After carefully considering the entire record, the court finds that the award of attorneys' fees should be 35% of the lodestar figure. This reduction from the lodestar reflects the partial success which plaintiffs obtained and takes into account incomplete and otherwise deficient time records. A similar reduction should be made in the award for associate, paralegal, and law clerk time. Use of law clerks and paralegals is a prudent method of keeping fees down, and plaintiffs are entitled *140 to an award for time expended by these persons. Missouri v. Jenkins, ___ U.S. ___, ___, 109 S. Ct. 2463, 2468-2470, 105 L. Ed. 2d 229 (1989) (§ 1988 permits fee award for law clerks and paralegals at prevailing rate). The time records submitted for law clerks and paralegals were deficient in some areas, however. These short comings have been taken into account in determining the proper reduction from the lodestar amount.

Plaintiffs seek costs and expenses of $45,797.84. Some of the costs are arguably non-compensable such as expert witness fees in excess of $30 per day. Crawford Fitting Co. v. J.T. Gibbons, Inc., 482 U.S. 437, 107 S. Ct. 2494, 96 L. Ed. 2d 385 (1987) ($30 per day limit for expert witness cost under Fed.R.Civ.P. 54(d)); accord Gilbert v. Little Rock, 867 F.2d 1062 (8th Cir.1989); but see Sapa Najin v. Gunter, 857 F.2d 463, 465 (8th Cir.1988). (Crawford Fitting does not limit amount of expert witness fee which can be awarded as an expense of litigation under 42 U.S.C. § 1988). Plaintiff has sought some reimbursement for expenses which are personal in nature rather than litigation expenses. Other claimed expenses are also challenged by defendants such as interest on a loan by attorney McCloskey, travel expense for a deposition of plaintiffs' witness Dr. King, and expert witness fees paid to a person who was subpoenaed by defendants as a fact witness. The challenges by defendants to these expenses have been considered in determining the appropriate amount of costs and expenses which should be awarded. The award of costs and expenses should also be reduced to reflect the partial relief obtained by plaintiffs.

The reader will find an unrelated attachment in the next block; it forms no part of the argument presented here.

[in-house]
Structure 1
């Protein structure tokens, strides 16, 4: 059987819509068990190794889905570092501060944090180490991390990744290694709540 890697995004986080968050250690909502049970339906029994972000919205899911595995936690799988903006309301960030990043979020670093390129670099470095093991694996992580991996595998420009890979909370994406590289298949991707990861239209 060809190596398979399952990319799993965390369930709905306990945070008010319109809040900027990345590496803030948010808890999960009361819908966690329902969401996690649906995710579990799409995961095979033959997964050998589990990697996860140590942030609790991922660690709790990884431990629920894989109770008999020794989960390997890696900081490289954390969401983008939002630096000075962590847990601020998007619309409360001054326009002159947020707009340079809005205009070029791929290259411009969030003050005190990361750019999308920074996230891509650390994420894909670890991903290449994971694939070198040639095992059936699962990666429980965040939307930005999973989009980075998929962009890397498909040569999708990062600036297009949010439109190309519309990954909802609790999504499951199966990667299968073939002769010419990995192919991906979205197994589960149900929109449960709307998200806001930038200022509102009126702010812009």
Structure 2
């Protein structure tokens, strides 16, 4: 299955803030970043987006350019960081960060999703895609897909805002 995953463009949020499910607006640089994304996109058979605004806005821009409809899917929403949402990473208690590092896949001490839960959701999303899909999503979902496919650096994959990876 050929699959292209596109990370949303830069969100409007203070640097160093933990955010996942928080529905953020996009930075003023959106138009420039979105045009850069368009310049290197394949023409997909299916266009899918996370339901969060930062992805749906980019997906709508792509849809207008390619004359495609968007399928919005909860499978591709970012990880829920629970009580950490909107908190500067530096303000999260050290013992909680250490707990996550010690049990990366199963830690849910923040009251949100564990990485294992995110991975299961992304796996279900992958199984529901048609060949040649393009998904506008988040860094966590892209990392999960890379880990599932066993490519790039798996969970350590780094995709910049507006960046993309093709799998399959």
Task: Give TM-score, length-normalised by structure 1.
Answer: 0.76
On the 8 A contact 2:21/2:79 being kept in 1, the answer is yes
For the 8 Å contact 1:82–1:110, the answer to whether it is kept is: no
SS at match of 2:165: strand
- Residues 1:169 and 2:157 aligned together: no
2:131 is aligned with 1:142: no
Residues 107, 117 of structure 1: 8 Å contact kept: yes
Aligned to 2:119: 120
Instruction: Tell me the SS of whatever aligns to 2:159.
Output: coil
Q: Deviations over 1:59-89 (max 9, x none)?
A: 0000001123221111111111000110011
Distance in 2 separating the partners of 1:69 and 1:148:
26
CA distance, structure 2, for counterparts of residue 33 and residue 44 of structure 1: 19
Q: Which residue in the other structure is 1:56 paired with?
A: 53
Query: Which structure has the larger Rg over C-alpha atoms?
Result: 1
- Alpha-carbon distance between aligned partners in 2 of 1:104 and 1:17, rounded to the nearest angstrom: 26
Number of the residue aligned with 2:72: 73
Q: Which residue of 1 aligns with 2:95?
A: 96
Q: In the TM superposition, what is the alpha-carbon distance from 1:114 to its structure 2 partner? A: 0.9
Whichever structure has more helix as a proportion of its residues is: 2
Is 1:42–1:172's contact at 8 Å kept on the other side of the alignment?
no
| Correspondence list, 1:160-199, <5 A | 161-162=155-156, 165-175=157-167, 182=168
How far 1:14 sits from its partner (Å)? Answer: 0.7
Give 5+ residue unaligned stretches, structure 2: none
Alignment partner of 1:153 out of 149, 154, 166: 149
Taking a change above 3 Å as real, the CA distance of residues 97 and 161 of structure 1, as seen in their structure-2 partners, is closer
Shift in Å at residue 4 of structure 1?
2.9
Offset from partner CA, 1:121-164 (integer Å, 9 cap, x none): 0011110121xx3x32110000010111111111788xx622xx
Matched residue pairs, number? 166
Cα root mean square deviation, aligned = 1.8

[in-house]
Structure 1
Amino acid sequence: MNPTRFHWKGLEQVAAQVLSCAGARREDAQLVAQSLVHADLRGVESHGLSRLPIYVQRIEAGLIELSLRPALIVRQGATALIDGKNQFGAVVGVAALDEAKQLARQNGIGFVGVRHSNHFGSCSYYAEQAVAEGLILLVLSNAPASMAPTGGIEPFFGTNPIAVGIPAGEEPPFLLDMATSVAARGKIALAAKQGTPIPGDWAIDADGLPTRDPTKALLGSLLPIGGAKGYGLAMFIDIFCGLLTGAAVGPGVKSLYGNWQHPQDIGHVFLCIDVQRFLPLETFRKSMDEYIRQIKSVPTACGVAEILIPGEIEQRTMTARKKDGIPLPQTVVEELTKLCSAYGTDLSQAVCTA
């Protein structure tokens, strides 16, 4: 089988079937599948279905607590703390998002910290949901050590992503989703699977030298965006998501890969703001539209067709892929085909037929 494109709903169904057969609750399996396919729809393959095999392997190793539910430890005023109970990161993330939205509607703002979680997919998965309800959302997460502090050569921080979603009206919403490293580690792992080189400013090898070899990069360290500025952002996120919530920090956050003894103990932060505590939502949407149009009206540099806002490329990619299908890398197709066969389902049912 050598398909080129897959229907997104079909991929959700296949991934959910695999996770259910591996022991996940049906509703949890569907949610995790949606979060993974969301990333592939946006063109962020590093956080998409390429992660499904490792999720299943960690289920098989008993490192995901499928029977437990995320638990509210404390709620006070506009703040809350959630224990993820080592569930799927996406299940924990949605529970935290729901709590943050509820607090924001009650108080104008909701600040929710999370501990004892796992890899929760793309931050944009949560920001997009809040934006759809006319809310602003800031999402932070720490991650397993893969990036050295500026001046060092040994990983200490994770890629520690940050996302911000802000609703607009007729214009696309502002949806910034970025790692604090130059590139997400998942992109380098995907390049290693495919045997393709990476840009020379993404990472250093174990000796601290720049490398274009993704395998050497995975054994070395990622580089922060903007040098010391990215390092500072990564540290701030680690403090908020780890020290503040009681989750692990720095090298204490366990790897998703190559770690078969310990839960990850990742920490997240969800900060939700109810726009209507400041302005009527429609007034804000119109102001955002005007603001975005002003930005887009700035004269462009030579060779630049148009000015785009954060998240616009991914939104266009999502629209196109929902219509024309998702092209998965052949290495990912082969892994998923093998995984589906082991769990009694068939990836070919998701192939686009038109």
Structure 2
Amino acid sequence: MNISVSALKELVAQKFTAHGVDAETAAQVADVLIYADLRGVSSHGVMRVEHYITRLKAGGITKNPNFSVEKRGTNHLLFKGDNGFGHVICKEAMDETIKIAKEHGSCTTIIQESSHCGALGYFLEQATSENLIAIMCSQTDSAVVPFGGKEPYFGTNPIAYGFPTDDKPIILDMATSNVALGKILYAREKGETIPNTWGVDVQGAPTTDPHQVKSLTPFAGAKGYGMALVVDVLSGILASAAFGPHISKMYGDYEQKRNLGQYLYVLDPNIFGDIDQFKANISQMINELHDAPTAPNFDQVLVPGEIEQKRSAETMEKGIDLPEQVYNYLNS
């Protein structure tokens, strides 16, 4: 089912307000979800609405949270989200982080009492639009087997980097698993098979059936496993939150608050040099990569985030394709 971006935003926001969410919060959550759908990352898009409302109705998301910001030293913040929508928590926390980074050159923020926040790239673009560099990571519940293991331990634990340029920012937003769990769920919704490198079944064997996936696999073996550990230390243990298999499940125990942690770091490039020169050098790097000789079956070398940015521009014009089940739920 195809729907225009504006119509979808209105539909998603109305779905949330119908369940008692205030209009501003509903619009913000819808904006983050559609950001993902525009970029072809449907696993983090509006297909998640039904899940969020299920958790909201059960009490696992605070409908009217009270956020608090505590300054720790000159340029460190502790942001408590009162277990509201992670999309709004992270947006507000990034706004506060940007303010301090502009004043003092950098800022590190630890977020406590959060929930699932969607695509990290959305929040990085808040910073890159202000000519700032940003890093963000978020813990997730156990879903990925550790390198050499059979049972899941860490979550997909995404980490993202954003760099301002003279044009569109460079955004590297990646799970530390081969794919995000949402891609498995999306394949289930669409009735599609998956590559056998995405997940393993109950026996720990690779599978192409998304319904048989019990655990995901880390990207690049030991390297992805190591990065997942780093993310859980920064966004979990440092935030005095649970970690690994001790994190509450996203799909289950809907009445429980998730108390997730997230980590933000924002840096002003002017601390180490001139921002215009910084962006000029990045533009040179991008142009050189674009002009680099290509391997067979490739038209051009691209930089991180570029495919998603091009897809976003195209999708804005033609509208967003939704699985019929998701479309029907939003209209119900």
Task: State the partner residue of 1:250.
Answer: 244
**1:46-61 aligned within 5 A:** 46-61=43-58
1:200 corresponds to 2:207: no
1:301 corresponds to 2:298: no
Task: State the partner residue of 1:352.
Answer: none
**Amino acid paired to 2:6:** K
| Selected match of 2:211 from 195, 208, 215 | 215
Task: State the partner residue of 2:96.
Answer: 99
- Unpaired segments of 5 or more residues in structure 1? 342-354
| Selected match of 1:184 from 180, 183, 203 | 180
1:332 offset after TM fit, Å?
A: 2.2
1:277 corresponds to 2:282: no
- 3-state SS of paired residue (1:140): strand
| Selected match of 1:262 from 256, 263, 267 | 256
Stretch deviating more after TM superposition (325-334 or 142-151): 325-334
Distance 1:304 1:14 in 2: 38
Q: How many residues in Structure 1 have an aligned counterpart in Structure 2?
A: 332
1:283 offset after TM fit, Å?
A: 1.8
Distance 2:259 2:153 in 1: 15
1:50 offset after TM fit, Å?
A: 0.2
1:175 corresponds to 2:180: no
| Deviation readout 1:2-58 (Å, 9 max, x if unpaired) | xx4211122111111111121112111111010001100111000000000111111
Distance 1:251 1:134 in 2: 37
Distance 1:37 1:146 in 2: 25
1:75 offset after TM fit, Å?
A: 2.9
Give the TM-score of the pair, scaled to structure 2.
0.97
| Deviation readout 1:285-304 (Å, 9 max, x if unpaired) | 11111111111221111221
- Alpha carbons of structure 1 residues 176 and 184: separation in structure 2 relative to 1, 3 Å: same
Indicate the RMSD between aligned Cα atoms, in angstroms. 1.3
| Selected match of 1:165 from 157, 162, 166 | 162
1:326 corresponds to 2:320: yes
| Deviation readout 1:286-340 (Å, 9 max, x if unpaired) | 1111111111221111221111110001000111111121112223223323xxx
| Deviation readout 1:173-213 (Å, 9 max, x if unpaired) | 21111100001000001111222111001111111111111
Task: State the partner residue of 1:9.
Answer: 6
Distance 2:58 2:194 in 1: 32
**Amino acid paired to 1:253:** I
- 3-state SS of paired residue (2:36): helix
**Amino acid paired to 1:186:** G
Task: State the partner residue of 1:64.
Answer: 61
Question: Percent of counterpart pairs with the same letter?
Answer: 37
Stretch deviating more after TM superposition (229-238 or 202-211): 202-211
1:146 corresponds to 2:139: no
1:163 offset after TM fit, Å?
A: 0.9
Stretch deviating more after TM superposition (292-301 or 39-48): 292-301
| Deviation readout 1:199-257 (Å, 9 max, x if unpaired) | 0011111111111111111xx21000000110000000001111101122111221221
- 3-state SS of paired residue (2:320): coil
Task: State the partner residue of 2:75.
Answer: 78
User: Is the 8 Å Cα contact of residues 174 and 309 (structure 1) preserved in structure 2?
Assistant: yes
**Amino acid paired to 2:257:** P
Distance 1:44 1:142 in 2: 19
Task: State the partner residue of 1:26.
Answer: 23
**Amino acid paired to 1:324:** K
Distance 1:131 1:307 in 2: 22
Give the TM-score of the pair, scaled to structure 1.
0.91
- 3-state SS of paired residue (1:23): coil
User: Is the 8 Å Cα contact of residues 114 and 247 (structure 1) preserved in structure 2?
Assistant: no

The court has carefully reviewed the parties' arguments and materials submitted. Under the circumstances, plaintiffs should be awarded 25% of the amount of costs and expenses which they claim. This discount adequately reimburses them for expenses commensurate with their success, and avoids any award for expenses which are not properly assessed against defendants.

The total amount of attorney's fees and costs awarded to plaintiffs is as follows:

Attorney Time:
                                         Reduced    Adjusted
                          Hours            by         Hours      Rate     Award
Terence McCloskey         1776.6           65%         622       $150     $93,300
Arlo Vande Vegte          1272.5           65%         445       $150     $66,750
John Weyland                29.5           65%          10       $150     $ 1,500
Costs and Expenses:
                                     Requested      % Reduced      Adjusted Total
by Terence McCloskey                  27,116.28        75%            $  6,779
by Arlo Vande Vegte                   18,684.56        75%            $  4,671
Associate/Paralegal/L. Clerk         106,579.05        65%            $ 37,303

Accordingly, based upon the above, and all the files, records, and proceedings herein, IT IS HEREBY ORDERED that:

1) plaintiffs' motion for costs and attorneys' fees is granted;

2) plaintiffs are awarded from defendants $210,303.00 in attorneys' fees, costs, and disbursements.



[1] Entry of the order denying the post-trial motions has been staged pending resolution of the attorneys' fees issue. Order of May 16, 1989.

[2] This hourly rate reflects McCloskey's request for an enhancement of 30% based on difficulty of the case, delay, and the contingent nature of the case.

[3] Plaintiffs seek $155 per hour for McCloskey and Weyland and $150 per hour for Vande-Vegte.